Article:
Crawled vs. Indexed

The difference between a page being crawled vs. being indexed is quite subtle:

  • Crawled means Googlebot has ‘seen’ the page and taken a snapshot of its content.
  • Indexed means that content has been analysed and included in the search results.

For the best chance to appear high in the search results, content should be easy to crawl and easy to index. JS makes content more opaque and if you decide to use it, especially with client-side rendering, you should test thoroughly to ensure it is as lightweight and fast to load as possible.

What Version of JavaScript Does Googlebot Use?

Googlebot is regularly updated to ensure it uses a recent version of JavaScript to render content, so you can be fairly confident that it will have the basic capabilities needed to load your page.

It runs on the Chromium engine – the open-source software that powers web browsers including Google Chrome and (since 2020) Microsoft Edge. So viewing your website in a Chromium-based browser is a good way to get an instant preview of how your content might be seen by Googlebot – there are also plenty of tools that can give you a more exact impression of how Googlebot will render your page.

SEO Concerns in JavaScript

When deploying a website using JavaScript, it’s important to keep aspects of SEO firmly in mind. These range from the technical – ensuring the page renders within 3-4 seconds without errors – to content-based SEO issues like meta tags and navigation links.

Transparent Links

Search robots discover new pages by following hyperlinks from pages they have previously found, so it’s essential to make your navigation visible using <a> anchor tags for your hyperlinks, and recognisable URL values.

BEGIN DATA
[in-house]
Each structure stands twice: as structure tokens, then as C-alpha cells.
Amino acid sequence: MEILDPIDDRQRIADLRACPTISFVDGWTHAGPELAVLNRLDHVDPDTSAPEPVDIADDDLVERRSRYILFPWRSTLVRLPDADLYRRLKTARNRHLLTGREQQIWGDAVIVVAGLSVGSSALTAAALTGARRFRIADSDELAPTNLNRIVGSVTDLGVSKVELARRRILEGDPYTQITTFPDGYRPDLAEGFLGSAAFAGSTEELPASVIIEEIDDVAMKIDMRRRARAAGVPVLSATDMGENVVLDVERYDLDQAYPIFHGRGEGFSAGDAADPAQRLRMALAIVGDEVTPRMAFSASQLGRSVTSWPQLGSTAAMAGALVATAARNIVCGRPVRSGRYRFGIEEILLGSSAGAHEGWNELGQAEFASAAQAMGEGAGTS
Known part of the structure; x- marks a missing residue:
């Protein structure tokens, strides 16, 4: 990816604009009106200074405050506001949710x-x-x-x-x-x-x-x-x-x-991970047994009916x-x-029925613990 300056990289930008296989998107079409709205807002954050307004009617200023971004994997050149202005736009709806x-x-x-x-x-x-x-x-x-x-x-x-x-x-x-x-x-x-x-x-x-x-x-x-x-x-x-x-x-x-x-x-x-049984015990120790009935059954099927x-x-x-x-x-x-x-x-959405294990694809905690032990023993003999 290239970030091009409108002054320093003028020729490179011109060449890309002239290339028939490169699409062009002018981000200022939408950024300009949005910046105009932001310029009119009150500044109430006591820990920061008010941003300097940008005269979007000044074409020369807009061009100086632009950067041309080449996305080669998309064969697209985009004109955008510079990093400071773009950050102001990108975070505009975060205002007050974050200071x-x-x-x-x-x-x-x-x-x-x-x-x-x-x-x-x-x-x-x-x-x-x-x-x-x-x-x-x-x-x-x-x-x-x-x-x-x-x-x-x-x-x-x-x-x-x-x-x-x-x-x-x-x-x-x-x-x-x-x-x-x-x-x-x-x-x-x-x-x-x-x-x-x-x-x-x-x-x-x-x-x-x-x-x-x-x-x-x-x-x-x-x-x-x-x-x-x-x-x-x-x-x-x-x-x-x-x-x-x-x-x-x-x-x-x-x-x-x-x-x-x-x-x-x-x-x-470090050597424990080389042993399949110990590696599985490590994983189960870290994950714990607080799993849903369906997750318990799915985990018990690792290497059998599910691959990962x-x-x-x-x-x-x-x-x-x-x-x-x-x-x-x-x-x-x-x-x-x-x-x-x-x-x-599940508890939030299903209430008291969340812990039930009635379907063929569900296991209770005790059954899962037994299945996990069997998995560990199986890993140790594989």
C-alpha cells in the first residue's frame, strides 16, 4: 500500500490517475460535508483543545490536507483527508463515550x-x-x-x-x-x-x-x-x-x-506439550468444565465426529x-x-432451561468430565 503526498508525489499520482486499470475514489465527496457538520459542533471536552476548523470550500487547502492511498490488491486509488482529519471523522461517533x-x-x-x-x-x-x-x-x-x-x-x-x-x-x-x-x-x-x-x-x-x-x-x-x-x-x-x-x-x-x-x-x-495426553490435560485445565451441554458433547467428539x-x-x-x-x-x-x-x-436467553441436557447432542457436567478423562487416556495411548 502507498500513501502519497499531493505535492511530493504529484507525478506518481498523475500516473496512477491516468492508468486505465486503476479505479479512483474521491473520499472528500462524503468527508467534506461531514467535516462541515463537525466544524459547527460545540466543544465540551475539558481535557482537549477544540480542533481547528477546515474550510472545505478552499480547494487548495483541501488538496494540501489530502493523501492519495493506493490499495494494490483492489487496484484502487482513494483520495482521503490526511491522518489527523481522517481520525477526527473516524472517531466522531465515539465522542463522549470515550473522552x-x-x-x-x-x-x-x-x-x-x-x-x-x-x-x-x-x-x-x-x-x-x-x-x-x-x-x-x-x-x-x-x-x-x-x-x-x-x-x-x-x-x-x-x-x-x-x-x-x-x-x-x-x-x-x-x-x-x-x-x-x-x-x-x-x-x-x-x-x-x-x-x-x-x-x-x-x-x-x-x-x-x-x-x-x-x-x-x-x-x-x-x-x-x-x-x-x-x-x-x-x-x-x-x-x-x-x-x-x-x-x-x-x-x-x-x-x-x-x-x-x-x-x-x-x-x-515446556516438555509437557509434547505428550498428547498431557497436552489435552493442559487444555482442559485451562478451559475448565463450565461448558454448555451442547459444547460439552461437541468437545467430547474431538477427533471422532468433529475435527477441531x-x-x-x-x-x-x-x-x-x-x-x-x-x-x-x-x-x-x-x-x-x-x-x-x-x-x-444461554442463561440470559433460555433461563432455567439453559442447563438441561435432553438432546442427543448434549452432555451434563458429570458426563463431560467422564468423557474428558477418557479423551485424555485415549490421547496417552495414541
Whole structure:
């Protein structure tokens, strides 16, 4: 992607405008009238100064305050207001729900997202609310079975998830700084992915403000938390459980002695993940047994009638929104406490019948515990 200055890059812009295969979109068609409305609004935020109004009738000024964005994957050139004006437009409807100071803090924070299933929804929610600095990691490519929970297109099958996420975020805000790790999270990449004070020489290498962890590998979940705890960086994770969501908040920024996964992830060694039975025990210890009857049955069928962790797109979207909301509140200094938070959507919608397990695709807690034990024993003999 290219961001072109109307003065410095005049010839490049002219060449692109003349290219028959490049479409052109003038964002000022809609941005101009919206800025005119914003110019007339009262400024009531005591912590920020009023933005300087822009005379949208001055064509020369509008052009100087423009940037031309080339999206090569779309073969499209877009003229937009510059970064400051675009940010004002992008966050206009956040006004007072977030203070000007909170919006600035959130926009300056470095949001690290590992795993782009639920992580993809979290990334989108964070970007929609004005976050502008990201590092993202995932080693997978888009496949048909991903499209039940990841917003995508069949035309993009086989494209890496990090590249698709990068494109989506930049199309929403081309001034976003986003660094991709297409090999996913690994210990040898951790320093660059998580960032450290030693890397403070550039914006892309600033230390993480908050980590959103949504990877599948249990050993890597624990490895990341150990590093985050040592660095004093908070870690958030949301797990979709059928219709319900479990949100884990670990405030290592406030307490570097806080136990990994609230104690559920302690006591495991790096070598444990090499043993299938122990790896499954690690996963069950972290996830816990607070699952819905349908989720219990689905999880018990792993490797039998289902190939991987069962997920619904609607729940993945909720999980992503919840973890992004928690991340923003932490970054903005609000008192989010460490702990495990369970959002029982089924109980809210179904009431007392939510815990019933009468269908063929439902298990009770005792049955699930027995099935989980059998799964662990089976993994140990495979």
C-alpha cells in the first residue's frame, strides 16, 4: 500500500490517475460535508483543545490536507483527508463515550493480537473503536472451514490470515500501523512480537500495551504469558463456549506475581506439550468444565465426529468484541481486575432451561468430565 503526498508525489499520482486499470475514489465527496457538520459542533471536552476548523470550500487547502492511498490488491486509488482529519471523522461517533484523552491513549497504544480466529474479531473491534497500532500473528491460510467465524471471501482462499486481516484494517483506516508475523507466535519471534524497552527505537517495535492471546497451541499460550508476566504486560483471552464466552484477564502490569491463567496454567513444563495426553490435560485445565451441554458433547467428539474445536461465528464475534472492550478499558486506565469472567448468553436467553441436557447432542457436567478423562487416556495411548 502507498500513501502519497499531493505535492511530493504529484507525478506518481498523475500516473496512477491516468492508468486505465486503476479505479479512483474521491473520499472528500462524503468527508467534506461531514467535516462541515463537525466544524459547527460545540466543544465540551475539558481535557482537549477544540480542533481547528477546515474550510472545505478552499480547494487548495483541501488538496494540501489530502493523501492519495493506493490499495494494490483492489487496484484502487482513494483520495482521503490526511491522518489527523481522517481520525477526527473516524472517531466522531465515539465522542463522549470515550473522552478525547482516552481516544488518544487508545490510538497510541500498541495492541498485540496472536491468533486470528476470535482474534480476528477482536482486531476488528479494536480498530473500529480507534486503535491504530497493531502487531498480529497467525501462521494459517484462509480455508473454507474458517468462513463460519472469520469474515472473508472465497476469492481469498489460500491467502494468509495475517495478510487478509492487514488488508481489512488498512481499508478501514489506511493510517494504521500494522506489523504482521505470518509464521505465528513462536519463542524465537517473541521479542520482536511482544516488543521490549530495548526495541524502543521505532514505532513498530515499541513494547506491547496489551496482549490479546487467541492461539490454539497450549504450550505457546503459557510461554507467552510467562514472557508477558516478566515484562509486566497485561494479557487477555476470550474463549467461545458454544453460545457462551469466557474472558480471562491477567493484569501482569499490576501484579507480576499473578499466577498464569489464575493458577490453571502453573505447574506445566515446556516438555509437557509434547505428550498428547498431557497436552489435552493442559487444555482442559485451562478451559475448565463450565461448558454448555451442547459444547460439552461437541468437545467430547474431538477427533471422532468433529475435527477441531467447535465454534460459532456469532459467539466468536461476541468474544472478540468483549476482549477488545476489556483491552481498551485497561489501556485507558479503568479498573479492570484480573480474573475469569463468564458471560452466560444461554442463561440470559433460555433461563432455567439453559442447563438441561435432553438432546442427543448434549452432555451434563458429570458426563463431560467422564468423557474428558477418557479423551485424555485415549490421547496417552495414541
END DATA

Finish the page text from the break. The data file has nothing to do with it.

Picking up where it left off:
It’s OK to use JavaScript to generate the URL, for example by executing a script once the page loads using a JS onload event, but make sure this is contained within an <a> element on the page so it’s apparent to the robots that it is a hyperlink.

This is one of the most important and basic things to implement on a JS website. Without clearly visible internal links, you risk publishing pages that are impossible for the search bots to find, which in turn means they will never be properly crawled or indexed, or appear in search results.

Accessible Content

As well as being discoverable, content should be accessible. Make sure it is rendered correctly by using one of the many ‘view as Googlebot’ tools available online – we’ll list some of them below.

Good accessible content is a strong basis for SEO efforts in general, so adhere to SEO best practices: quality content, structured well, and not duplicated elsewhere online (you can and should use rel=”canonical” tags in the page header to indicate that a page is the ‘master copy’ and any others found online are duplicates).

No Session Data

JavaScript can work with server-side session data to store information throughout a user’s visit until they close the browser tab or navigate away from the website; however, search robots typically load each page completely afresh, with no session data stored.

It’s worth remembering this and testing each page completely independently, to ensure there are no JavaScript errors if the page is loaded without a session identifier or any cached data or browser cookies.

How to Improve SEO on JS Websites

We’ve already mentioned some fundamental ways to improve SEO on JS websites:

  • Use server-side rendering (or a server-side framework) to reduce client-side resource demand.